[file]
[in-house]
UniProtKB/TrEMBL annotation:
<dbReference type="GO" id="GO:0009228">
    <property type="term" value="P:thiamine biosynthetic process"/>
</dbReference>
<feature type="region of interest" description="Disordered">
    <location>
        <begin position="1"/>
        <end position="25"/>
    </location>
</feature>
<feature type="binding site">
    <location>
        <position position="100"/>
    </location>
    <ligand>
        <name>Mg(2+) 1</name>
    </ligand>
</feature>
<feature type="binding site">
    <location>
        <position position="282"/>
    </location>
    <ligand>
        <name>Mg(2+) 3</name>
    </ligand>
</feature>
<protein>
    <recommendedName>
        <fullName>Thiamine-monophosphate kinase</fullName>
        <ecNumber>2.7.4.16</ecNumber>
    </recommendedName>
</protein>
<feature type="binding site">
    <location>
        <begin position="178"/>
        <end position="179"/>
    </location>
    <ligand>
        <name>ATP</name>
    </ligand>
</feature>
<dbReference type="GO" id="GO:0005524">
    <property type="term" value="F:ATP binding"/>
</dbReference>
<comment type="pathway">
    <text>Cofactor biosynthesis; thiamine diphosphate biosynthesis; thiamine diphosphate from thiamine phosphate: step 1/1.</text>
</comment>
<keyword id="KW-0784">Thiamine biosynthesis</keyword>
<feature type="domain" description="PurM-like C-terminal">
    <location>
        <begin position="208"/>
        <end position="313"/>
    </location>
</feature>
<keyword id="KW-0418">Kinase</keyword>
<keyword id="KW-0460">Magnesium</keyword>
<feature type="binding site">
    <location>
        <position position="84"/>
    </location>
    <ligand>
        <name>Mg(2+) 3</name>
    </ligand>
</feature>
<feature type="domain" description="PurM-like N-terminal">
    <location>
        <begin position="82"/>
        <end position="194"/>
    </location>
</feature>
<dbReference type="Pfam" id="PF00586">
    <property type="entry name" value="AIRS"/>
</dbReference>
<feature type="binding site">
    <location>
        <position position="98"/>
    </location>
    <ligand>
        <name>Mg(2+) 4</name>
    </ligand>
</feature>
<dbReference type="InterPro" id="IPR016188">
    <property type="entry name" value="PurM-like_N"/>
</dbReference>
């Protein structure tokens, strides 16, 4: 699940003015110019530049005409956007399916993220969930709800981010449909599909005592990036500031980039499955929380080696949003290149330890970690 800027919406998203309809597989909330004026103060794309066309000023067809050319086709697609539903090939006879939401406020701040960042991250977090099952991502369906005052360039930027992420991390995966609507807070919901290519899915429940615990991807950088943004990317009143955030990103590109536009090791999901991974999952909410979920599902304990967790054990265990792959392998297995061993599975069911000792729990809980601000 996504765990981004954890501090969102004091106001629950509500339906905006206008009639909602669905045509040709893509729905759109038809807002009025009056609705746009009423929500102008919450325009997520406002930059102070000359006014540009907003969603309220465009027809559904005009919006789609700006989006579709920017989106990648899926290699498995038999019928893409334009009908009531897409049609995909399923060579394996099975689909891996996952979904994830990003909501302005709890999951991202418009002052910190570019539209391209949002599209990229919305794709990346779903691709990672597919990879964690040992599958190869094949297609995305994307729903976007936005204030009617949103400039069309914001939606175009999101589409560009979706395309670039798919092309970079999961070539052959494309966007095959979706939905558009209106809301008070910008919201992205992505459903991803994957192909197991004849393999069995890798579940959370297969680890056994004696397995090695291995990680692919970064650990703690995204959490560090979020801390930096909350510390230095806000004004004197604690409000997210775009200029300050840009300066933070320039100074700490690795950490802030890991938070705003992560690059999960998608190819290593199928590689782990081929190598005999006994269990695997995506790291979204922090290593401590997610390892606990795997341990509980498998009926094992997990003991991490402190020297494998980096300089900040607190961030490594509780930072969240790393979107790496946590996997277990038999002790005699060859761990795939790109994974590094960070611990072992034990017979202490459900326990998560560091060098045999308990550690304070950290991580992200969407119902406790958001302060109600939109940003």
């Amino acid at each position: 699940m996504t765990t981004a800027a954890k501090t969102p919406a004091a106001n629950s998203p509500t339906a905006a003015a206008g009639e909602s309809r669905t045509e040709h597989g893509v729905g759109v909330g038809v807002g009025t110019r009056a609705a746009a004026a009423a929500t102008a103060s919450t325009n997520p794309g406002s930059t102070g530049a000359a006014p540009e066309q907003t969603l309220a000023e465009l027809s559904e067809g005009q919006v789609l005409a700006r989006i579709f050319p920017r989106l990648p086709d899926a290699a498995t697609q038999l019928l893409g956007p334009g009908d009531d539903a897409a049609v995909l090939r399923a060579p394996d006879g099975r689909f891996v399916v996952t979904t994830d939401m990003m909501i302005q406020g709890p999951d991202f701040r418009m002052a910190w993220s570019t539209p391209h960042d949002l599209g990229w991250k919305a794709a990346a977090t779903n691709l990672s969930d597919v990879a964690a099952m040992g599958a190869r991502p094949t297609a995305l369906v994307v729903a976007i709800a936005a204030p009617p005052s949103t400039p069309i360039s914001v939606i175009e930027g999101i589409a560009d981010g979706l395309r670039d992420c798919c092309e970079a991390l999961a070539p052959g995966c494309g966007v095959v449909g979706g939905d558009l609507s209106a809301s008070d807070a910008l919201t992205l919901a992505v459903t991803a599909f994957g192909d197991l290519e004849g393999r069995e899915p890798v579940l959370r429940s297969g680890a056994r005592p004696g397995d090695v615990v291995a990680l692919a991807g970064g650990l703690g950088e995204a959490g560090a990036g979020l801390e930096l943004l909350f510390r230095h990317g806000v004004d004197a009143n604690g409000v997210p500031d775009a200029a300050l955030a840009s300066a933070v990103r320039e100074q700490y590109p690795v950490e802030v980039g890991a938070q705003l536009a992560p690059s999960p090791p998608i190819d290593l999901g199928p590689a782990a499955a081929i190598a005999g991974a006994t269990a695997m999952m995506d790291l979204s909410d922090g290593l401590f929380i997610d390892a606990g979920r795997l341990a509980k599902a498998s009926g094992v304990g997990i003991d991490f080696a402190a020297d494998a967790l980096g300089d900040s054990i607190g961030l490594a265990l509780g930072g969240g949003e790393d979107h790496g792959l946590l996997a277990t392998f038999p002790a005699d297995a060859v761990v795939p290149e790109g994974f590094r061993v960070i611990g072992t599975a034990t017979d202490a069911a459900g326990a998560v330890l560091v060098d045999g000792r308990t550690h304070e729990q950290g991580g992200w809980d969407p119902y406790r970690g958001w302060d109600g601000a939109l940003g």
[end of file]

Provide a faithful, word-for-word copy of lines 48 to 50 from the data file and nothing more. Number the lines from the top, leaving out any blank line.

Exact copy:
</comment>
<keyword id="KW-0784">Thiamine biosynthesis</keyword>
<feature type="domain" description="PurM-like C-terminal">